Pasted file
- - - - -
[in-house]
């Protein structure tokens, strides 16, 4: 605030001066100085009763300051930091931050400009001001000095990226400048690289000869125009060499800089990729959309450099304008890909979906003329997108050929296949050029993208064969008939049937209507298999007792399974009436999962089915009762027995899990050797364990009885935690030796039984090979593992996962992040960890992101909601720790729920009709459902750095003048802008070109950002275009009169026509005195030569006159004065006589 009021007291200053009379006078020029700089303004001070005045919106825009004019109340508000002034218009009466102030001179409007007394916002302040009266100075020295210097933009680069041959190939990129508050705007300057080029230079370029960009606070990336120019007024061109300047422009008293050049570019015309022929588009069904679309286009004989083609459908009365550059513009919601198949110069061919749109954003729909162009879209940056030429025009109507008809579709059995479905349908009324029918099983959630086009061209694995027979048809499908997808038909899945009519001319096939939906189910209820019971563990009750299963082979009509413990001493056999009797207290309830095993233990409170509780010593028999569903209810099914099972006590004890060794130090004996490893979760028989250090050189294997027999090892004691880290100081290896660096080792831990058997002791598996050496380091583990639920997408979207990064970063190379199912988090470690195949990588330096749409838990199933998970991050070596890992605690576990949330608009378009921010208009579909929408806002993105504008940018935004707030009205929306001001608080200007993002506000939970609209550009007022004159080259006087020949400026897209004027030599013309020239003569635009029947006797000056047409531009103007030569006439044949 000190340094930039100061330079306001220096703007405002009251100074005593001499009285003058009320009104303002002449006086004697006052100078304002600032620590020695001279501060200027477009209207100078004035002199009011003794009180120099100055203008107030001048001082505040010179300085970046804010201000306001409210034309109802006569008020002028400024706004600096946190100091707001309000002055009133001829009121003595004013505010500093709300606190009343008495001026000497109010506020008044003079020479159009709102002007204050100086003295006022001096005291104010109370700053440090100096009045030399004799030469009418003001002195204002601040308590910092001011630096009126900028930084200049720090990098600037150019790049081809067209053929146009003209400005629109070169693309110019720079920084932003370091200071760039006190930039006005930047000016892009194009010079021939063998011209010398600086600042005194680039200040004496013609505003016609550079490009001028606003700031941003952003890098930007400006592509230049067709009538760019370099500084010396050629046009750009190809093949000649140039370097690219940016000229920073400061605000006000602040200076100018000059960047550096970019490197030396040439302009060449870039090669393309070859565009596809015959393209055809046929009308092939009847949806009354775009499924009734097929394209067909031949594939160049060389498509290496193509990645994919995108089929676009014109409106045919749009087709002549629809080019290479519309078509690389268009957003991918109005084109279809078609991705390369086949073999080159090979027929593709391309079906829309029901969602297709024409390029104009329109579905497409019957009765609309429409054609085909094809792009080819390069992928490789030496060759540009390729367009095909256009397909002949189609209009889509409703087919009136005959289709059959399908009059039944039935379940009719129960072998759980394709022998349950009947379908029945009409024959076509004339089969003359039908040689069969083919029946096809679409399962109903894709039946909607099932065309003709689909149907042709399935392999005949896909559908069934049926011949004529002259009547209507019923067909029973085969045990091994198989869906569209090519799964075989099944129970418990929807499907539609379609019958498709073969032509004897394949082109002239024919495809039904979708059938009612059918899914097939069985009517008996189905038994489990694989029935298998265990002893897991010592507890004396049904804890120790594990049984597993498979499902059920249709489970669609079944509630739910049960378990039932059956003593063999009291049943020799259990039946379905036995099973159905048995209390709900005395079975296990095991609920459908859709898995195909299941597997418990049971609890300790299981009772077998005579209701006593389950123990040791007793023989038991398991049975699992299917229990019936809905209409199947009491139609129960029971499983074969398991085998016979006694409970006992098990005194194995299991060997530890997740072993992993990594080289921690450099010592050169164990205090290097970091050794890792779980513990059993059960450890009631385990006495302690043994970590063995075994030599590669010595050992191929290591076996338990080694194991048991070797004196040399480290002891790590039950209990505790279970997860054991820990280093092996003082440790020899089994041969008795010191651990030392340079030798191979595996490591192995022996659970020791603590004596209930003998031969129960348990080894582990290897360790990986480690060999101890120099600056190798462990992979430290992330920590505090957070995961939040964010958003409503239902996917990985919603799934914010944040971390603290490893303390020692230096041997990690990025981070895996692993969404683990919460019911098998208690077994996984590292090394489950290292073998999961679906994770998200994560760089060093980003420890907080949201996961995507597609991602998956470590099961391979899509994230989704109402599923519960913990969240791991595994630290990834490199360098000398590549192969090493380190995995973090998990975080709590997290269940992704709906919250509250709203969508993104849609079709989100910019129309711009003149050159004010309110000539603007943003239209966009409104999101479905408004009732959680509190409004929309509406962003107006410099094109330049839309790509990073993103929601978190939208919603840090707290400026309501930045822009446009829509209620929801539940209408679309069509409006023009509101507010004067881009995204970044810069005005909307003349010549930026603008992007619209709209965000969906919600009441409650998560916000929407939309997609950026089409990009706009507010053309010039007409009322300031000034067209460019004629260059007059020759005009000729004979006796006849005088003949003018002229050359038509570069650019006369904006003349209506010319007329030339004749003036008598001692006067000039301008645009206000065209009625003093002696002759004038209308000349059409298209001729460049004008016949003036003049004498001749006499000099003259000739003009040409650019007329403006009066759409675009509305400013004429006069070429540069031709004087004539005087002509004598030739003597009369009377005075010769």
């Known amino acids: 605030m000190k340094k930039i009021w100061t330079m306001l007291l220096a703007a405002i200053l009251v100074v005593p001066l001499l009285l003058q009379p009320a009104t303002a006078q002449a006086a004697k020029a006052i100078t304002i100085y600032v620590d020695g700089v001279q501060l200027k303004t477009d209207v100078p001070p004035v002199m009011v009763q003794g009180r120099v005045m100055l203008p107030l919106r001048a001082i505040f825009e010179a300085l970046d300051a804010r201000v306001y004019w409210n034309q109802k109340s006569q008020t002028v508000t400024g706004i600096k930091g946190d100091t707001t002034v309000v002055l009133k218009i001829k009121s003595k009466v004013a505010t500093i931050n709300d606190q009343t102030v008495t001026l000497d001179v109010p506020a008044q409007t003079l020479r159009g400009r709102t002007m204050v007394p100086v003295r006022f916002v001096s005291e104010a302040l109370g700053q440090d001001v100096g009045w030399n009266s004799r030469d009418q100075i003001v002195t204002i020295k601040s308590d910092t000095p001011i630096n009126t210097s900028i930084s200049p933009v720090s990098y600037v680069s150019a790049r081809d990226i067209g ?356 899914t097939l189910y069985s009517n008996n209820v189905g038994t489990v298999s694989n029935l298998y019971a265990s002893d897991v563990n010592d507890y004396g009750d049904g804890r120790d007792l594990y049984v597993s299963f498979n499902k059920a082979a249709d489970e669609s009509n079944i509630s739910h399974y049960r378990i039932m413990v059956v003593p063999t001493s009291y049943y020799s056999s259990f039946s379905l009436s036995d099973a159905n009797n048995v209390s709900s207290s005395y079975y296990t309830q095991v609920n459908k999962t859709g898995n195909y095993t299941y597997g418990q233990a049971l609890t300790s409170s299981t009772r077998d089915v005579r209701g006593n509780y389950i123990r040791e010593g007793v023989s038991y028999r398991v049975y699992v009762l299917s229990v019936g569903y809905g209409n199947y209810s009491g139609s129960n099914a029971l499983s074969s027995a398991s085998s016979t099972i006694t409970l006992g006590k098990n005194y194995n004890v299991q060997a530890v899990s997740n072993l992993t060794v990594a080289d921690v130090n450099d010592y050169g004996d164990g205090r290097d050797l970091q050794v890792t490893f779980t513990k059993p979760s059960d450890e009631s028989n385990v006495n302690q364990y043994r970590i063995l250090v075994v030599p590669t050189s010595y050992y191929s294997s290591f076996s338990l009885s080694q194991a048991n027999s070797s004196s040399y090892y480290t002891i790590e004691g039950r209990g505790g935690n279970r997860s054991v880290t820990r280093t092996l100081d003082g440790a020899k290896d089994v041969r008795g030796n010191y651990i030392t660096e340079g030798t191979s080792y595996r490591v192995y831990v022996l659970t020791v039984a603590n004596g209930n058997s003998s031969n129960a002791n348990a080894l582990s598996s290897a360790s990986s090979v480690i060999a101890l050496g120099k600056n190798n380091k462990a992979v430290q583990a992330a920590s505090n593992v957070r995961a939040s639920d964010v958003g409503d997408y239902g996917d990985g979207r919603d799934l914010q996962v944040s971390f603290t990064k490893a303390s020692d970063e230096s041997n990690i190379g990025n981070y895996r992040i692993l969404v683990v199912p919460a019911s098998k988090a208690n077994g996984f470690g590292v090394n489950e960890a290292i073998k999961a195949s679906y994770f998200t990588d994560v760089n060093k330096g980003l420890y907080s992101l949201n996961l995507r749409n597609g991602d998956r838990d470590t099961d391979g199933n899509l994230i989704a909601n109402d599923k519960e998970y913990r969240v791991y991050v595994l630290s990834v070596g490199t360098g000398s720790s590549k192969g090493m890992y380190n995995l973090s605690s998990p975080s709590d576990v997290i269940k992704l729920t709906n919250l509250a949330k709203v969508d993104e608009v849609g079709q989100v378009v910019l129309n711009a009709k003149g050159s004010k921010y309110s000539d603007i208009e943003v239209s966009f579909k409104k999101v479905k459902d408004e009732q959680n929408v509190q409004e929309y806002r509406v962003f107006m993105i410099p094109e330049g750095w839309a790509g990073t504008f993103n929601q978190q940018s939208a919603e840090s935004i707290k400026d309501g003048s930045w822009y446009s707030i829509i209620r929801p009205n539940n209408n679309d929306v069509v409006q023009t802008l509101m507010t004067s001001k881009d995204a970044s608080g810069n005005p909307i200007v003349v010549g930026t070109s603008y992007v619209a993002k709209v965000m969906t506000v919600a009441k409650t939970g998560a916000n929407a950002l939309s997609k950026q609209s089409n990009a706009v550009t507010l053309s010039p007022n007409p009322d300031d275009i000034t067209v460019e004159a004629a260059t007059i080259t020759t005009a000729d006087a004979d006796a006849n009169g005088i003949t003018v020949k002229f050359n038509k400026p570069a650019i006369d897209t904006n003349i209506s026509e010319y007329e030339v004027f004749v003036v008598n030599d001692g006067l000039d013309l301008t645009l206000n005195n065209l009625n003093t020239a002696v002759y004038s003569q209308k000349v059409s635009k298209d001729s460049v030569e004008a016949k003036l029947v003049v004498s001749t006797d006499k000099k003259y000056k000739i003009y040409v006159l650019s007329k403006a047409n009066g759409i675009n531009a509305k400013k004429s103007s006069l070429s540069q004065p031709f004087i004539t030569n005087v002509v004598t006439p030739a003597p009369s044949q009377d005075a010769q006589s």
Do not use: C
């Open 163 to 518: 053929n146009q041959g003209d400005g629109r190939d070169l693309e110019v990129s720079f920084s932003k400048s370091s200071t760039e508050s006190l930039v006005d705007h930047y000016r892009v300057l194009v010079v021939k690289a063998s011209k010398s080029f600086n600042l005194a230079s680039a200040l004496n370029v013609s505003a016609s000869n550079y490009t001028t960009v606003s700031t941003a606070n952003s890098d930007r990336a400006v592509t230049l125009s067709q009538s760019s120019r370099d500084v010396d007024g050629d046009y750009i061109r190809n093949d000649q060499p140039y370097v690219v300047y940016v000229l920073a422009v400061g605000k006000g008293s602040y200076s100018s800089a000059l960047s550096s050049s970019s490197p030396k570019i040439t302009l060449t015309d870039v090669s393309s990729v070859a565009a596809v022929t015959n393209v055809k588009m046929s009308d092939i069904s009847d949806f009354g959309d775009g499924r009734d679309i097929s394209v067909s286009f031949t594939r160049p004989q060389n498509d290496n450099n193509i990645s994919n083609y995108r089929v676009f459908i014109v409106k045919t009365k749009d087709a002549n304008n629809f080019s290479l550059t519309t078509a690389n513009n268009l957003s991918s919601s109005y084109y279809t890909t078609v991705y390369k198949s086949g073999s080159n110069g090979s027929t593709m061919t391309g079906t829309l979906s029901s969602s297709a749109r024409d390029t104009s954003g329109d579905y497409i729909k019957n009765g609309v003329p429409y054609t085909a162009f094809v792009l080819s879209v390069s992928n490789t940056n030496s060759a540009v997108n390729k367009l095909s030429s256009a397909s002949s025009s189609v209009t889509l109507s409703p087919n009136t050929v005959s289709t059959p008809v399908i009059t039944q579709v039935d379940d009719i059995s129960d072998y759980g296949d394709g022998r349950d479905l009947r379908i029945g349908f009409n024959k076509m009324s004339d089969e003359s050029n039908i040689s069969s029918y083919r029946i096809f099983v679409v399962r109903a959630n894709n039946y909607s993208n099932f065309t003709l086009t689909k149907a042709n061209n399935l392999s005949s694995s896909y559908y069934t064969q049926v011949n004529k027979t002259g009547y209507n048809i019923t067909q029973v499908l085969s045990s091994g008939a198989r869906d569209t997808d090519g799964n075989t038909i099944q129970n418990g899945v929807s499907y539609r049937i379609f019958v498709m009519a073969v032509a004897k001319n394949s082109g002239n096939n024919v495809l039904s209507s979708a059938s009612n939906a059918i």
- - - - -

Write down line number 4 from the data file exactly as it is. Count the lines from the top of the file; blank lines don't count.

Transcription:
Do not use: C